Friday, March 28, 2014
Osoberry is one of the very first wild plants to leaf out and bloom here in the Maritime Northwest. It's in full bloom right now. The flowers are an important early nectar source for hummingbirds and native bees when nothing else is in bloom. It produces a bitter fruit that feeds wild mammals, including the bear, (thus the name Osoberry) Seeing and smelling the blossoms of this plant everywhere right now is a constant reminder to me to pray for Oso, to pray for hope and new life where there seems only to be devastation.
I'm not even one of the people directly affected by the tragic landslide in Oso, but still there is nothing that can prepare you for the sight of FEMA and emergency shelters at local schools, crossing paths with a red cross truck on the morning drop off, seeing a truck with "department of homeland security" emblazoned upon it in your City Hall, knowing people who are searching out there, seeing six news trucks with satellite dishes like vultures along the river, seeing another news truck at a horse barn nearby, seeing flags at half mast and knowing it's for your community, hearing ages of children who died and being slammed with the reality that you have children the same age, seeing the detour sign for Darrington, watching your town fire chief get into his car in town and realize you know him from the news briefings, realizing that the place you go to buy jojos for your son is a main shopping store for the people of Oso, remembering living out that way and how beautiful it is out there, hearing heartbreaking stories from dear friends and realizing that everyone you know is affected in one way or another by the tragedy of it all.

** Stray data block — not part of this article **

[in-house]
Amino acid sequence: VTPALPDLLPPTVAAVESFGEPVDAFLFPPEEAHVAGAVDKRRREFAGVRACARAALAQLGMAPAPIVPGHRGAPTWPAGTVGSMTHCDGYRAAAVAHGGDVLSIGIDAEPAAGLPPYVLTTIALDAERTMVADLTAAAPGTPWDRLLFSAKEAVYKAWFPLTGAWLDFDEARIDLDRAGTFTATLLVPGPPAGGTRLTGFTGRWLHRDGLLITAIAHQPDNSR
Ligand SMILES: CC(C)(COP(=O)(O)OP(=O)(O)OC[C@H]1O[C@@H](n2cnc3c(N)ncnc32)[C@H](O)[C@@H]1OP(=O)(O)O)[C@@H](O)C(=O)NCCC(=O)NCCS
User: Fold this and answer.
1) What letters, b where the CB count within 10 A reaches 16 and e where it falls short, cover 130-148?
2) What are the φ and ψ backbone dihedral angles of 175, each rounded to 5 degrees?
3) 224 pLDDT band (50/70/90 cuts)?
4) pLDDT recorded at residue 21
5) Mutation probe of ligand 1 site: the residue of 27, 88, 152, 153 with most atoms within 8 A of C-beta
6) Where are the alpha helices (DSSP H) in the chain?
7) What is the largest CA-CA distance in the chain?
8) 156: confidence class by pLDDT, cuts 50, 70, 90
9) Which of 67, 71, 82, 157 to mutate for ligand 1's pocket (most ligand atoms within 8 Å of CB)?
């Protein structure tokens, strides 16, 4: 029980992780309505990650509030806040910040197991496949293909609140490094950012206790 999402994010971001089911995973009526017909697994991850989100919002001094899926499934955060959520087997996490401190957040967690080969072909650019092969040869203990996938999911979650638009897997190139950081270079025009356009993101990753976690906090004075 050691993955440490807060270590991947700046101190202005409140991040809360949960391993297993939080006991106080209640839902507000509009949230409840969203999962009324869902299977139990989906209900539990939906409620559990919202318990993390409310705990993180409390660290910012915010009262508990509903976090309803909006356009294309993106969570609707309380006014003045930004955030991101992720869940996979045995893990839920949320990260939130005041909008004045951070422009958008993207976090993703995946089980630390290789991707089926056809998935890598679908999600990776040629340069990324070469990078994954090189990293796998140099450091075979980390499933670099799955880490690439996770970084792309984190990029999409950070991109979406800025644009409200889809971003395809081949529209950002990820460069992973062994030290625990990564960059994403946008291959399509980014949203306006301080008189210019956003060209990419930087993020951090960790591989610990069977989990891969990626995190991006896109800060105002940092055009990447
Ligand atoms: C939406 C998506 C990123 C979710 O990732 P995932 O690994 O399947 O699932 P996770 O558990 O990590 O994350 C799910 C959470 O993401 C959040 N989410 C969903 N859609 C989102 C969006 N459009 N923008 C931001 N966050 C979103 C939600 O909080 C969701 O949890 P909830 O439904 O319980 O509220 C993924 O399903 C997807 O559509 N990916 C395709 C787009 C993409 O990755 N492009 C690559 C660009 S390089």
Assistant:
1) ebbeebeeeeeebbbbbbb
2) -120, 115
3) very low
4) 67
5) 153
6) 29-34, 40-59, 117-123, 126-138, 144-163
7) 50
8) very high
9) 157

There is no reason or sense to be made of any of it, but there is this hope we hold inside that won't leave us. There can never be a good reason that babies and grandmas and daddies die suddenly, but we can be sure that God is walking with each person in our community and we can have the hope that there will be small bits of beauty to emerge from the ashes of this devastation.
We already see it in the community and the way teens stand in the rain selling stickers that say "4 Oso, " the way a child wants to contribute what little they have to provide comfort for others, the way every where you turn someone is helping and the way when someone is crying for what feels like no reason, that someone, no matter whether you've never hugged before, you are hugging them now.